When life gets me down I create things to help me cope – I write poems, I take photographs, I cook, I crochet – and it’s only when life gets beyond difficult that I stop being creative and just sleepwalk through the days, dragging depression around with me, soaked to saturation point in utter misery, until finally I feel the heaviness start to dissipate once more.

But being creative throws me an early lifeline, helps keep me afloat in my deep ocean of emotional upheaval, gives me a bit of respite from the inevitable storms threatening from above and below. Sometimes concentrating on being creative is enough to stop me from going under until my brooding skies clear again, but at other times it all gets too much for me and I find myself drowning anyway.

It seems a cruel quirk of fate that my creativity reaches its productive peak within that tumultuous threshold between only just coping with life and not coping at all, but it is what it is, and I’m glad to have it there nonetheless…

Goodbye 50, Hello 51…

Tomorrow I turn 51…

This time last year I was struggling through each day with low-level depression, unsure of myself and my life and my future. Earlier in 2013, having hit an all-encompassing emotional wall of depression that stopped me dead in my tracks, I took a prescribed course of antidepressants and attended talking therapy sessions for a few months, and together the combined chemicals and conversation definitely lifted the worst of my black mood, but unfortunately not all of it.

Having already suffered several severe depressive episodes over the course of my life, I decided at that point just to sit with the tail end of that particular emotional storm, and leave the last of it to pass on its own, given time. For a while things improved a little, but yet again I got so far in my recovery, then everything stagnated, plateaued all over again. So as it happened I spent my 50th birthday feeling in limbo, stuck in an emotional rut, not at all sure how to get myself out of it.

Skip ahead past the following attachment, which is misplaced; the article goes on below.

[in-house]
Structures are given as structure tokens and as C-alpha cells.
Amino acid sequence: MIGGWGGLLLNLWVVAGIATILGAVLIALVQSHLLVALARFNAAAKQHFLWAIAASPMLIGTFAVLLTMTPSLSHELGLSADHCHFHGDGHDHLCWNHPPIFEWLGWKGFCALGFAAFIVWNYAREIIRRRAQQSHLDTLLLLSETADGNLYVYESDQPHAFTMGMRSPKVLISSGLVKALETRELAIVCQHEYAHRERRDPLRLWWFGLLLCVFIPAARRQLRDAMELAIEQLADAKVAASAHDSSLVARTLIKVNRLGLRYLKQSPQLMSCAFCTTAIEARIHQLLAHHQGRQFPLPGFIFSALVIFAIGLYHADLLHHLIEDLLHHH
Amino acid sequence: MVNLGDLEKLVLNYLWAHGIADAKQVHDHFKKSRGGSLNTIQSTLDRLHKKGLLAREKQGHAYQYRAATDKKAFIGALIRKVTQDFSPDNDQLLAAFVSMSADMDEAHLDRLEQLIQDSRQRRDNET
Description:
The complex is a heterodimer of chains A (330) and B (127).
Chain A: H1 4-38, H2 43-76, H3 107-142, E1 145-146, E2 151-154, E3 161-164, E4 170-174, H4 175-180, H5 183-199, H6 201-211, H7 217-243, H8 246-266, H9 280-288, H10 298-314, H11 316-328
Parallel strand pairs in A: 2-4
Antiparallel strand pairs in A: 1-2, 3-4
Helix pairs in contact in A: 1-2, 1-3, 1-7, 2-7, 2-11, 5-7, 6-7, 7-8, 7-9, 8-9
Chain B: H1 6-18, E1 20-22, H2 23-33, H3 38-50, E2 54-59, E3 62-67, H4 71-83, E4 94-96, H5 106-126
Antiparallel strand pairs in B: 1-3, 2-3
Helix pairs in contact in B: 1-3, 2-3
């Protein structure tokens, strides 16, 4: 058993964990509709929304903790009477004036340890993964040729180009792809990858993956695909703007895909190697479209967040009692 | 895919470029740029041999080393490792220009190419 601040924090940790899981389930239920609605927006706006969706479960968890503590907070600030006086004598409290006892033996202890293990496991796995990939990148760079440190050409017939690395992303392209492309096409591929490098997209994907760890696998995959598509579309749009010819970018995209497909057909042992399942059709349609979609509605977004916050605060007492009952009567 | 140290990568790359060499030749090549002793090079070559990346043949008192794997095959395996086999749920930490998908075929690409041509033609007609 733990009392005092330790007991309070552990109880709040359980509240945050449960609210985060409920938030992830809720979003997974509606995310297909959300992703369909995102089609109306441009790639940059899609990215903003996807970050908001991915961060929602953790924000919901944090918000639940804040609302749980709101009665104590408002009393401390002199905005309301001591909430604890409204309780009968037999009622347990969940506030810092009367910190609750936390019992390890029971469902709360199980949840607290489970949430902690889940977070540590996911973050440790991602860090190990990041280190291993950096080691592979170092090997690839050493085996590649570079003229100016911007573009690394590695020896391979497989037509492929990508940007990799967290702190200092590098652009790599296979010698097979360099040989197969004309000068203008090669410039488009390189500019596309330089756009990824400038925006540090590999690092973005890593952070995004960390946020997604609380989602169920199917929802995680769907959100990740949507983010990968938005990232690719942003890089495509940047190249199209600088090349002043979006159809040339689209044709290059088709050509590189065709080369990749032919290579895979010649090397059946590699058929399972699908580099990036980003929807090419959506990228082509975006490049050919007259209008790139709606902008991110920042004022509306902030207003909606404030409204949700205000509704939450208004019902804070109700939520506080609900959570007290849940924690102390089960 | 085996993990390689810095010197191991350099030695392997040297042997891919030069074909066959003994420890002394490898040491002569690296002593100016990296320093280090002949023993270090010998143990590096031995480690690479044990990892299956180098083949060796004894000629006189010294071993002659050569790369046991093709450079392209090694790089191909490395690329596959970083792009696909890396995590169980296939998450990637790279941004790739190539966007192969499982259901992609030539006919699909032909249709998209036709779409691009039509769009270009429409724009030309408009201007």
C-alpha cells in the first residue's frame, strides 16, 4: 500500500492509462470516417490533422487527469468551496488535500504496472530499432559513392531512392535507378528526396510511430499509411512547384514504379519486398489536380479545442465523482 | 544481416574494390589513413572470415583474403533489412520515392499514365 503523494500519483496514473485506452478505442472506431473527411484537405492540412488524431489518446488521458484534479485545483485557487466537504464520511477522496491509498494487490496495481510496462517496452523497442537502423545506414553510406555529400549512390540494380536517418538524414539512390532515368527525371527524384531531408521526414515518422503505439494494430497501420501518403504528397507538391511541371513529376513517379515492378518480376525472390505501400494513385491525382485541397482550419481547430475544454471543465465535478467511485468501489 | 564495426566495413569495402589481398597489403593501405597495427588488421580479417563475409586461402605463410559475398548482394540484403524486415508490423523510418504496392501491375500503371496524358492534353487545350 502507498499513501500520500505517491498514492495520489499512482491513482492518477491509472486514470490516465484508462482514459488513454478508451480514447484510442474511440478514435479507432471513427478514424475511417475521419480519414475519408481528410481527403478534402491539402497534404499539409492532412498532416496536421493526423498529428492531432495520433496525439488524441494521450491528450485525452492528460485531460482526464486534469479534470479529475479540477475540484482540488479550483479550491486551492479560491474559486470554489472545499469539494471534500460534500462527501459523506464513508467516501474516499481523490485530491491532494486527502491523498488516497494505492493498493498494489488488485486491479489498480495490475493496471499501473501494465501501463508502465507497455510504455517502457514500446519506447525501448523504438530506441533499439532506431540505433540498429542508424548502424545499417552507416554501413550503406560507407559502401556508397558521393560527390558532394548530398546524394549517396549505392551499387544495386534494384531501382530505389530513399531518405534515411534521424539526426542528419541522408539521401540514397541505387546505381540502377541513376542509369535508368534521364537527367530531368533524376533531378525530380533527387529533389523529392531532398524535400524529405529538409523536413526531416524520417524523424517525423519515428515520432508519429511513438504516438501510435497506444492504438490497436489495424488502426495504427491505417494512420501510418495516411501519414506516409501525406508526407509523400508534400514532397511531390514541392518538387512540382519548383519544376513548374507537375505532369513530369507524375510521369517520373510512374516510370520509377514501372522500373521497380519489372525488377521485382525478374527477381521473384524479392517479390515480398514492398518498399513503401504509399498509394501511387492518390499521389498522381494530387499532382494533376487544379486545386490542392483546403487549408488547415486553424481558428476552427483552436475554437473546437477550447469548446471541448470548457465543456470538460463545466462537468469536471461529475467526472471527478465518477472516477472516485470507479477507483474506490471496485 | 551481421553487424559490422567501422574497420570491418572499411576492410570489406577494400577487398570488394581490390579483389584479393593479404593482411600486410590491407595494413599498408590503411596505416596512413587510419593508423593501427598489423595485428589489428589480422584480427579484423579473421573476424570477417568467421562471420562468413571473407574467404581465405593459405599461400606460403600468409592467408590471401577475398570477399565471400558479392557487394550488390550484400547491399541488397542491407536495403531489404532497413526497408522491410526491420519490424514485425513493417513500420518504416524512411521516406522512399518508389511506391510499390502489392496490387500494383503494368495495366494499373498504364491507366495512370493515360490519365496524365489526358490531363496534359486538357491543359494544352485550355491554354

After several months of frustratingly treading water emotionally, as 2014 dawned I finally got thoroughly fed up with feeling so permanently low and miserable all the time, and made the difficult choice to push myself through a period of deliberate change in the hope of breaking the deadlock I seemed to be stuck in. To actively challenge the worst of my negative habits, however uncomfortable I may find it to do so, in the hope of creating a more positive approach to living my life.

I chose three main areas of personal change to focus on: to talk about my ongoing mental health issues and finally find my voice after years of shameful silence; to get myself out of the house to meet people again and reduce my life-long, not-good-enough debilitating self-consciousness; and most importantly to be kinder to myself, to learn to be more self-compassionate and give myself the same caring consideration I seem to find it so easy to give to everyone else.

In February I decided to start writing a blog, Quietcalliope, with the aim of sharing my lived experience of depression, and for a while, that did help me feel empowered. But I very soon found it too much to be focusing so deeply only on depression and the more negative experiences of life. After only four months I chose to stop posting to that particular blog, and to start another with a different, more positive, less fixed focus. And so Mad Meandering Me was born, and since then I’ve never looked back.

I also went back to work after a whole year off – I took on a part time, minimum-wage job in a local pub, a million miles away from my previous ten years of relatively well-paid, office-based University administration – and that too has done me the world of good. Forcing myself to face lots of people every day with a smile and a friendly word has become so much easier the more time passes – my smile and my conversation has become more natural, surprisingly I find myself smiling inside more, and that feels good.